Save money and save the environment.  Did you know recycling one aluminum can saves enough energy to run your TV for 3-hours?  You can make a difference by just considering the following: Disposing of your garbage properly; Recycle to save our resources and helping the community; Saving energy resources; Performing a home energy audit. Read more »
Prevention through appropriate cultural methods is your first line of defense against weeds, but eventually there comes a time when you need to roll up your sleeves and get after them.  On small areas, the old-fashioned approach is the best—pulling out by hand. Hand weeding may take a little bit longer than using selective herbicides, but it is a lot better than worrying about kids and pets getting into the toxic chemicals.  But, does hand weeding really take that much longer? If you add up the time it takes to: ...Read more »
In addition to promoting healthier grass, mowing to the right height is helpful in preventing weeds because keeping your turf longer helps block sunlight from weed seeds waiting to germinate.  When weed seeds are evident, catch your grass clippings and dispose of them, rather than redistributing them on the lawn.  You should make sure to maintain optimal fertility, since a dense lawn makes it difficult for weeds to compete.  The timing of fertilizer applications is also critical.  Read more »
It pays to know what insects look like throughout their life cycle, because they change form as they grow in a process called metamorphosis.  Born with rigid or semi-rigid outer skins, insects would have a difficult time growing if they were not able to shed this covering as they outgrew it.  Some insects—such as beetles, lacewings, and moths—start life as larvae and evolve to an intermediate stage called pupae.  After more molting, they assume their adult form, which looks completely different from the earlier stages.  This is a complete metamorphosis.  Read more »
When pests are visible and large enough, removing them via the “pick and squash” method is an option for the non-squeamish.  Try the following on insects you cannot see. For chinch bugs, prepare a soap drench with 2-tablespoons of dishwashing liquid and 2-gallons of water in a watering can.  Thoroughly water an off-color patch of lawn, and then cover it with a flannel sheet.  Wait 15 minutes; then scrape clinging bugs off the sheet and into a garbage bag.  Read more »
Abundant in moist, heavy soils, earthworms are a natural component of healthy lawns.  Their diet of dirt, organic matter, and excrete plant litter in the form of a rich digestive by-product called castings.  These small, hardened piles are scattered across the ground.  While initially felt underfoot, castings will eventually break down, providing your lawn with a dose of natural fertilizer.  You can also buy worm castings for this purpose.  Read more »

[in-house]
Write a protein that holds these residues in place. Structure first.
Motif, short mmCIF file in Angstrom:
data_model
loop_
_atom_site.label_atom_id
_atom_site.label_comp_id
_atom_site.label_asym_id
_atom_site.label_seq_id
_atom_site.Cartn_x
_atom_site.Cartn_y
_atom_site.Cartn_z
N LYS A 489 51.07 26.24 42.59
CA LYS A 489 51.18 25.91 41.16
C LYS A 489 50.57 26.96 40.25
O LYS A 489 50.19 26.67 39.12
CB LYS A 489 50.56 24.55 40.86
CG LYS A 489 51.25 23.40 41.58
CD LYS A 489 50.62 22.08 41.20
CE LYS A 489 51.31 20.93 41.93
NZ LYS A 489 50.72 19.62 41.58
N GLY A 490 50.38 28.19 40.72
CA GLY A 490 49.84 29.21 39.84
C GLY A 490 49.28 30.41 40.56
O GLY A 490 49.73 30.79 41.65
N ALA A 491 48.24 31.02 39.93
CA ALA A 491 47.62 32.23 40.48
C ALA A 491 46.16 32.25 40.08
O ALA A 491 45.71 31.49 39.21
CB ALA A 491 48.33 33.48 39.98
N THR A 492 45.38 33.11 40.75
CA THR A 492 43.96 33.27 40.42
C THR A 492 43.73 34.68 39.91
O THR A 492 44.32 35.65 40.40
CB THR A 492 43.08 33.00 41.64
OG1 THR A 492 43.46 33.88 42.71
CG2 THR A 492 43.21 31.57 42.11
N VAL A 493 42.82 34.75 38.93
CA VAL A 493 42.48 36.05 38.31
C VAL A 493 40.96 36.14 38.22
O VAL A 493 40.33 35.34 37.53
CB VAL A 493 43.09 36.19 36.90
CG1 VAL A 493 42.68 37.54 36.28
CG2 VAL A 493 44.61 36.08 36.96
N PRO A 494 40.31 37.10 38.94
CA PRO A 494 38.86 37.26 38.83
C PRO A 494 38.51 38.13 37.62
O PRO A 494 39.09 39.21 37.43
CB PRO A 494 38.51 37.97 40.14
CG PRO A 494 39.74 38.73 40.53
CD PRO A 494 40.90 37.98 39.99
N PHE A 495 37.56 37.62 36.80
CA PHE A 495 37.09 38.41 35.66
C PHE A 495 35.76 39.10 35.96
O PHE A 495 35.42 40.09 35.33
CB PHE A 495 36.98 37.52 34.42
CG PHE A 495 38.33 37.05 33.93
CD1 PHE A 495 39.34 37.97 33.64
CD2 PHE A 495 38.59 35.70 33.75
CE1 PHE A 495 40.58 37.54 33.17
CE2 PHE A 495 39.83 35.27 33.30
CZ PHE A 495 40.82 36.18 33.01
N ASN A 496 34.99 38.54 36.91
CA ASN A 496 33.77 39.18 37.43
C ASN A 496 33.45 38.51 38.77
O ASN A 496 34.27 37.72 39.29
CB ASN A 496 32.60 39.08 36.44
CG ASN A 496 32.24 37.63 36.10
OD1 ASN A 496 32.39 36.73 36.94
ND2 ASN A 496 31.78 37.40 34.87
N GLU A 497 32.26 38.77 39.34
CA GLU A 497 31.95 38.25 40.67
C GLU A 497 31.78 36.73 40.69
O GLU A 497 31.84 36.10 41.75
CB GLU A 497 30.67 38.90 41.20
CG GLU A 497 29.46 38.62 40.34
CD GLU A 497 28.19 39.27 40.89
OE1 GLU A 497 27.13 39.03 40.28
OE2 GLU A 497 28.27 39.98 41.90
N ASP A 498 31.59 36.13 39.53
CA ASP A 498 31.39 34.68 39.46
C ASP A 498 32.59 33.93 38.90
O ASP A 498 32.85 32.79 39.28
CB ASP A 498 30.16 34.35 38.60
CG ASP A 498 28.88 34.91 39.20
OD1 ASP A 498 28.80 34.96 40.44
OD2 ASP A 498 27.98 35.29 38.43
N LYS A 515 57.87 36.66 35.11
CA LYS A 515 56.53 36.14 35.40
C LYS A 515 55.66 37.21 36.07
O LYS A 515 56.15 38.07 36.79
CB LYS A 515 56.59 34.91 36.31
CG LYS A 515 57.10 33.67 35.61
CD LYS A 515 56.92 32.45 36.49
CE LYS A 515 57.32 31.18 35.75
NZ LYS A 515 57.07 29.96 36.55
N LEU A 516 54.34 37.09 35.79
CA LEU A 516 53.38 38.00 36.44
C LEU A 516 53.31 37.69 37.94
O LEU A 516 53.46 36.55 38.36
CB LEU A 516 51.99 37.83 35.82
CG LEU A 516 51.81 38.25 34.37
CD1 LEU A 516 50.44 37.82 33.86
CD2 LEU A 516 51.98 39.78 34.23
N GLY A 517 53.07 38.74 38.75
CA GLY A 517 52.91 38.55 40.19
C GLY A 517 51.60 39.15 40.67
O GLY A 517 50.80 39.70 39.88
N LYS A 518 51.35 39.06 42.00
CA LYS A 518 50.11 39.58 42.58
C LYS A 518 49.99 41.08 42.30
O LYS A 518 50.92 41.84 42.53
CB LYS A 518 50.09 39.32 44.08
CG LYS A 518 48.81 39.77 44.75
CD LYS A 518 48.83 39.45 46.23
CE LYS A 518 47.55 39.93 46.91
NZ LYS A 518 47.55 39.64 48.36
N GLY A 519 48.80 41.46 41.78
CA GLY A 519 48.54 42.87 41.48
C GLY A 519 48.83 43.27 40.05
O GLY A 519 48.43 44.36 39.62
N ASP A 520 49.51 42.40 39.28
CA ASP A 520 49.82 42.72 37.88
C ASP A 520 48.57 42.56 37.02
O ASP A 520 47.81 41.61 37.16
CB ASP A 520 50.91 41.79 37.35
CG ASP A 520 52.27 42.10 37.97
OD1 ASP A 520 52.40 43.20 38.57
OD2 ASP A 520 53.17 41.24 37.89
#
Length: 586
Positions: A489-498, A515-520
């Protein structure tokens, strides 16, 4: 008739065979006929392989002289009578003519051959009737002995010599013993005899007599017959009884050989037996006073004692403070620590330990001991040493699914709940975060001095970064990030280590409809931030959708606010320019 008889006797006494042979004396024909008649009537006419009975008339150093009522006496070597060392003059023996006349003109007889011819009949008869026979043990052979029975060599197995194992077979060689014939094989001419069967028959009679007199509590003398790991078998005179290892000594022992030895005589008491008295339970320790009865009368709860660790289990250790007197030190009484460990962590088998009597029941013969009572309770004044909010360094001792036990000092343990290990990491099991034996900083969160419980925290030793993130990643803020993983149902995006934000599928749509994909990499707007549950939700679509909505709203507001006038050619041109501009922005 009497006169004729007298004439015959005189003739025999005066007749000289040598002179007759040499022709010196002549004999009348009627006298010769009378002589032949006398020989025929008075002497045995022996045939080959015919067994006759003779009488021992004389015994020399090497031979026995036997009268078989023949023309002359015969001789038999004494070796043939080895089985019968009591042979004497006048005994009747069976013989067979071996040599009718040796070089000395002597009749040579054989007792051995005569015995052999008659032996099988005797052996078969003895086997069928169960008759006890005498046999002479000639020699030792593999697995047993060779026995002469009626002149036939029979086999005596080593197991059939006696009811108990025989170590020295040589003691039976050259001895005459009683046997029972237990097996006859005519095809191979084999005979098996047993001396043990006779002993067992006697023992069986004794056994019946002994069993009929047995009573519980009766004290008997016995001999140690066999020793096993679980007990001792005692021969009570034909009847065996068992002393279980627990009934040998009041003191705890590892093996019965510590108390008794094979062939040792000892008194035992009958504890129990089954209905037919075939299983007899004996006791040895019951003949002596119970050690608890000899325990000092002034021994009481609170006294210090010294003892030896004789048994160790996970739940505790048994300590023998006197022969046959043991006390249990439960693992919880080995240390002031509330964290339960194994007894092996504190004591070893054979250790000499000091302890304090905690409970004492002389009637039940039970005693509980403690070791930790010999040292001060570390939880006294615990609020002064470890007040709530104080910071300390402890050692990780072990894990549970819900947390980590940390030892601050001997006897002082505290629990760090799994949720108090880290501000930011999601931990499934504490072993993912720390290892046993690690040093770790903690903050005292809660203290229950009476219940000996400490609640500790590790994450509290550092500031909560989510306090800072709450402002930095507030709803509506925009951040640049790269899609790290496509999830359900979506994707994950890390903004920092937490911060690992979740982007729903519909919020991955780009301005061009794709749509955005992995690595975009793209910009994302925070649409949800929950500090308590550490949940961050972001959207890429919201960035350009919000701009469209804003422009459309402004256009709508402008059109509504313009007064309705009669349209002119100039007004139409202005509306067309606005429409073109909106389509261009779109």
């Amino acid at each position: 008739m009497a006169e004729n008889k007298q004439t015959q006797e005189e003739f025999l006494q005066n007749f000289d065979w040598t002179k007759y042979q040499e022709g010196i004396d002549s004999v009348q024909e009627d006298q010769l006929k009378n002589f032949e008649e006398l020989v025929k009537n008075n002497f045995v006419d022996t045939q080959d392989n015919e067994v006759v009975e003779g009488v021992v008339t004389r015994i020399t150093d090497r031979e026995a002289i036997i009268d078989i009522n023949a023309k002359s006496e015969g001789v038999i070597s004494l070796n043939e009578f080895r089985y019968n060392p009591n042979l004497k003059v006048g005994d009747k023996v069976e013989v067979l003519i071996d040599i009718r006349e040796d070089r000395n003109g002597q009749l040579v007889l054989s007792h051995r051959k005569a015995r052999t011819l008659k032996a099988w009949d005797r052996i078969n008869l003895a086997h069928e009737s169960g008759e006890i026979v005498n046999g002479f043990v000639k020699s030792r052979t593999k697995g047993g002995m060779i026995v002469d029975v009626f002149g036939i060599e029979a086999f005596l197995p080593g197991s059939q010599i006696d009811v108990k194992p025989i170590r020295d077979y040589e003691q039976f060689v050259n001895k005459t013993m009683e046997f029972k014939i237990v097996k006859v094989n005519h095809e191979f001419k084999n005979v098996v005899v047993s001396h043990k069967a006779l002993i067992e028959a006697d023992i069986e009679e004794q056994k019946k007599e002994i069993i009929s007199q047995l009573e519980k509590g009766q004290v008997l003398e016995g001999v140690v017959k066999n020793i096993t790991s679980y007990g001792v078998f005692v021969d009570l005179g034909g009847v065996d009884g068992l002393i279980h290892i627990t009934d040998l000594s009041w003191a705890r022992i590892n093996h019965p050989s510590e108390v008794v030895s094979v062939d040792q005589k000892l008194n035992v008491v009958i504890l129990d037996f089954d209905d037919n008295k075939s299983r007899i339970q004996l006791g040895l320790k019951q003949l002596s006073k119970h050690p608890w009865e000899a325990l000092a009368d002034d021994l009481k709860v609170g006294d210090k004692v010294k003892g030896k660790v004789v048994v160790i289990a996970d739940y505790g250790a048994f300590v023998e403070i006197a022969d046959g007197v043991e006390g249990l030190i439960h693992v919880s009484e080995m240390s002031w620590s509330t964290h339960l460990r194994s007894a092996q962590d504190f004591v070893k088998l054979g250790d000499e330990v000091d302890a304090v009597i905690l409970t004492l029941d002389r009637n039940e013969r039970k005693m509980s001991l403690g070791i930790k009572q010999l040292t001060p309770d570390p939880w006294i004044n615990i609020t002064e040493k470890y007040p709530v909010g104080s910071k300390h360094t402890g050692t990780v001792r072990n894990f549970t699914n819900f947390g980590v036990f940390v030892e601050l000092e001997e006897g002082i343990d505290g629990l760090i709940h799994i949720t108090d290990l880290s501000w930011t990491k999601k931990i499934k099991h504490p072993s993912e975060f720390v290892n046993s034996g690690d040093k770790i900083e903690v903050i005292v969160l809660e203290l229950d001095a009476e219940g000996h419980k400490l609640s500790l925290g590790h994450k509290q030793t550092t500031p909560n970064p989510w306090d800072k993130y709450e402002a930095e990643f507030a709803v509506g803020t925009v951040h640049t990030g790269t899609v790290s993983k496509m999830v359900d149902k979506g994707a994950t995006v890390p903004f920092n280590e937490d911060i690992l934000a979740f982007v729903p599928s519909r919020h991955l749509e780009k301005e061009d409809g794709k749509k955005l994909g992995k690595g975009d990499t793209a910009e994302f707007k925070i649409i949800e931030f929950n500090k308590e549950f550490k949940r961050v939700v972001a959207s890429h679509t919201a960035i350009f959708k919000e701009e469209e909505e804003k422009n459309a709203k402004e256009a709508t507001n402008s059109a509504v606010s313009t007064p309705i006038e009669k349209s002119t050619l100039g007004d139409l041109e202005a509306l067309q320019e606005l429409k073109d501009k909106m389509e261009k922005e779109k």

To encourage high beneficial insect populations design your garden to incorporate a variety of flowering plants rich in nectar and pollen.  Choose cultivars with easily accessible pollen found in plants with a single layer of petals or a tubular flower form.  Common herbs, wildflowers, and scented plants are all attractive to beneficial insects.  Do not clear out dead foliage in the fall, this is an important habitat for beneficial over the winter.  Read more »
Earth Day is intended to inspire awareness and appreciation for the Earth’s natural environment.  Founded by United States Senator Gaylord Nelson, the first Earth Day was an environmental teach-in on April 22, 1970.  The first Earth Day was focused on the United States, however an organization launched by Denis Hayes took it international in 1990 and organized events in 141 nations.  Earth Day is now coordinated globally by the Earth Day Network, and is celebrated in more than 175 countries every year.  Read more »
Predatory nematodes attack lawn pests such as billbugs, sod webworms, and white grubs. Nematodes are parasites that kill hosts, such as this grub, within 48-hours.  Some nematodes attack surface pests; others attack soil-dwelling pests.  Choose the correct type for your pest. Nematodes arrive by mail in a spongeRead more »
Too often people see insects as invaders to be attacked with various toxic chemicals.  While such actions may take care of the immediate problem, they usually create a host of others.  Today, an ecologically sound concept called Integrated Pest Management (IPM) is receiving serious recognition and support among home gardeners, professional landscapers, and scientists.  With IPM, the yard is as an ecosystem with components that are interdependent and where every action has a wide-ranging impact.  Read more »